Increasingly, our readers are coming from the ranks of the professional combatant. They have come to CrossFit aware of the reality that, on average, the fitness challenges with which they are most likely to be faced will not be best met by a specialized, narrowly focused fitness. That is the sole domain of the sport athlete.

Incredibly, the fitness needs of professional combatants, police and military, have not been given the same quality analysis, commitment, or even funding that is generally given to sport.

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Category Archives
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CrossFit

» What is CrossFit?, by Greg Glassman - March 04
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» The Business of Guerilla Fitness, by Doug Chapman - March 07
» Interview: Coach Greg Glassman, by Greg Glassman - March 03
» Ergometer Scores and Hall of Fame Workouts, by Greg Glassman - December 02
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» Tabata My Job, by Joshua Newman - November 05
» Theoretical Template for CrossFit's Programming, by Greg Glassman - February 03
» Forging Mental Fitness, by Jim Decker - November 06
» Evidence-Based Fitness Discussion, by Greg Glassman, et al. - January 07
» On Being a Trainer, by Greg Glassman - August 07

CrossFit Games

» Reading Between the Lines, by Dave Castro - August 07

Equipment

» The Garage Gym, by Greg Glassman - September 02
» Garage Gym II: The Revolution, by Greg Glassman - July 05
» Strategic Shopping: Outfitting a CF Gym on the Cheap, by Eddie Lugo - June 06
» Personal Equipment, by Mark Rippetoe - October 06
» Plyo Boxes, by Lincoln Brigham - September 06
» Two Training Aids, by Greg Glassman - September 03
» Really Cool Homemade Parallettes, by Greg Glassman - September 03
» History and Use of Stall Bars, by Larry Harmsen - April 06

Exercises

» The Muscle-up, by Greg Glassman - November 02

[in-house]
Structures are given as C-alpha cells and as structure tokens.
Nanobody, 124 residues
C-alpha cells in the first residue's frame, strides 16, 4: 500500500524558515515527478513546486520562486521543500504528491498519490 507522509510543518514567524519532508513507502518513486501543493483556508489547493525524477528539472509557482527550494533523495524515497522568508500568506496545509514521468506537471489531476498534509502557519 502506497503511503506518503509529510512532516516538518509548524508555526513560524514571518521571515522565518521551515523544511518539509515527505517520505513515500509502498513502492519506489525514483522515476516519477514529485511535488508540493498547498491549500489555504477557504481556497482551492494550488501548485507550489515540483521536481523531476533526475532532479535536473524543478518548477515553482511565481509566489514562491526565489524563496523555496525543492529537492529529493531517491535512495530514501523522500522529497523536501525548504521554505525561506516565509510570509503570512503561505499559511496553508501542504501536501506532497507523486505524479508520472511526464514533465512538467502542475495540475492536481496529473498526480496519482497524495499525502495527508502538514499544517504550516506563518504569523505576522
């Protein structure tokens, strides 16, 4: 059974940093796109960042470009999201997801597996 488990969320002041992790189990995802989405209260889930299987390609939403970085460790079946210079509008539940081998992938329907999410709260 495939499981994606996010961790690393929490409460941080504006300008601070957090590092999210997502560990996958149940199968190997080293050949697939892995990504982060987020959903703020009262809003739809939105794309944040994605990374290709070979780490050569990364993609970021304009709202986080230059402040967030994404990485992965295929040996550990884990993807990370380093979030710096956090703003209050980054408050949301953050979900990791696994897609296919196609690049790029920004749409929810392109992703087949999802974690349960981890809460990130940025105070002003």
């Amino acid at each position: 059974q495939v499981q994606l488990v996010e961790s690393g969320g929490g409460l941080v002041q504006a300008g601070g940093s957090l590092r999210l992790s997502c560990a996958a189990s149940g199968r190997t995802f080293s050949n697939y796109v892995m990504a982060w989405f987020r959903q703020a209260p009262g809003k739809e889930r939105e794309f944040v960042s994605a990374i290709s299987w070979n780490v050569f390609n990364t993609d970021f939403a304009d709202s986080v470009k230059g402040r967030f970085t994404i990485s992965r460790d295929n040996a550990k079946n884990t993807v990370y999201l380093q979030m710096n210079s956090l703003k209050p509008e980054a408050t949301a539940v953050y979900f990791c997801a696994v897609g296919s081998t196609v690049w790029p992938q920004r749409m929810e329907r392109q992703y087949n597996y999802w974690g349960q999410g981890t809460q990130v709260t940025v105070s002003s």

» The Overhead Lifts, by Greg Glassman - January 03
» The Pullup, by Greg Glassman - April 03
» Three Important Ab Exercises, by Greg Glassman - May 03
» The Slow Lifts: Bench Press, by Mark Rippetoe - June 06
» The Power Clean, by Mark Rippetoe - August 06
» Medicine Ball Cleans, by Greg Glassman - September 04
» The Kettlebell Swing, by Greg Glassman - September 04
» The Slow Lifts, by Mark Rippetoe - March 06
» The Dumbbell Lunge, by Mike Rutherford - October 06
» Suitcase Deadlift Dumbbell Style, by Mike Rutherford - March 07
» Calisthenics, by Roger Harrell - May 06
» The Push-up, by Greg Glassman - March 03
» The Odd Lifts, by Greg Glassman - January 03
» The Clean, by Greg Glassman - July 03
» The Glute-Ham Developer Situp, by Greg Glassman - October 05
» Kipping Pullups, by Greg Glassman - April 05
» Functionality and Wallball, by Greg Glassman - August 03
» The Deadlift, by Greg Glassman - August 03
» Swingers and Kippers, by Tyler Hass - April 05
» Dumbbell Vertical Press, by Mike Rutherford - January 07
» On the Safety and Efficacy of Overhead Lifting, by Rippetoe, Kilgore, Starrett, et. al - March 08
» The Dumbbell Bear, by Mike Rutherford - June 07

ExPhysiology

» Metabolic Conditioning, by Greg Glassman - June 03
» Metabolic Conditioning Glossary, by Pukie & Greg Glassman - June 03
» Putting Out Fires, by Lon Kilgore - March 07
» What About Recovery?, by Greg Glassman - January 05
» An Aerobic Paradox, by Lon Kilgore - December 06
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Gymnastics/Tumbling

» The Back Handspring, by Roger Harrell - July 06
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» Gymnastics & Tumbling, by Greg Glassman - February 05
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» The Handstand, by Greg Glassman - January 04
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» Gymnastics Hurdle, by Roger Harrell - November 06
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Kettlebells

» Kettlebell Clean, by Jeff Martone - March 07
» Kettlebell Basics: Drills for Improving Your Swing, by Jeff Martone - November 06
» Improving Your Swing Part 2, by Jeff Martone - December 06
» One-Arm Swings and Beyond, by Jeff Martone - January 07
» Kettlebell Clean Combinations, by Jeff Martone - April 07
» A Performance-Based Comparison of Kettlebell Methods, by Steve Cotter - July 07
» The Turkish Get-up Part 1, by Jeff Martone - May 07
» The Turkish Get-up Part 2, by Jeff Martone - June 07
» Swingers and Kippers, by Tyler Hass - April 05

LEO/Mil

» Police Training, by Greg Glassman - March 03
» Combat Calisthenics, by Tony Blauer - July 06
» The Grinder: CrossFit Operations Order #1 "CHAD", by Greg Glassman - July 06
» The AOFP CrossFit Austere Program, by Greg Glassman, Wade Rutland, JT Williams - August 06
» Canadian Infantry School Austere AOFP Program Results Briefing, by Wade Rutland, JT Williams, Jeff Bird - August 06
» A Concept for Functional Fitness, by USMC - January 07
» The CrossFit Insurgency, by Scott Satterlee - July 06
» CrossFit, Stoicism, and an American Prisoner of War, by Andrew Thompson - December 04
» Monster Mash, by Capt Andrew Thompson, November 04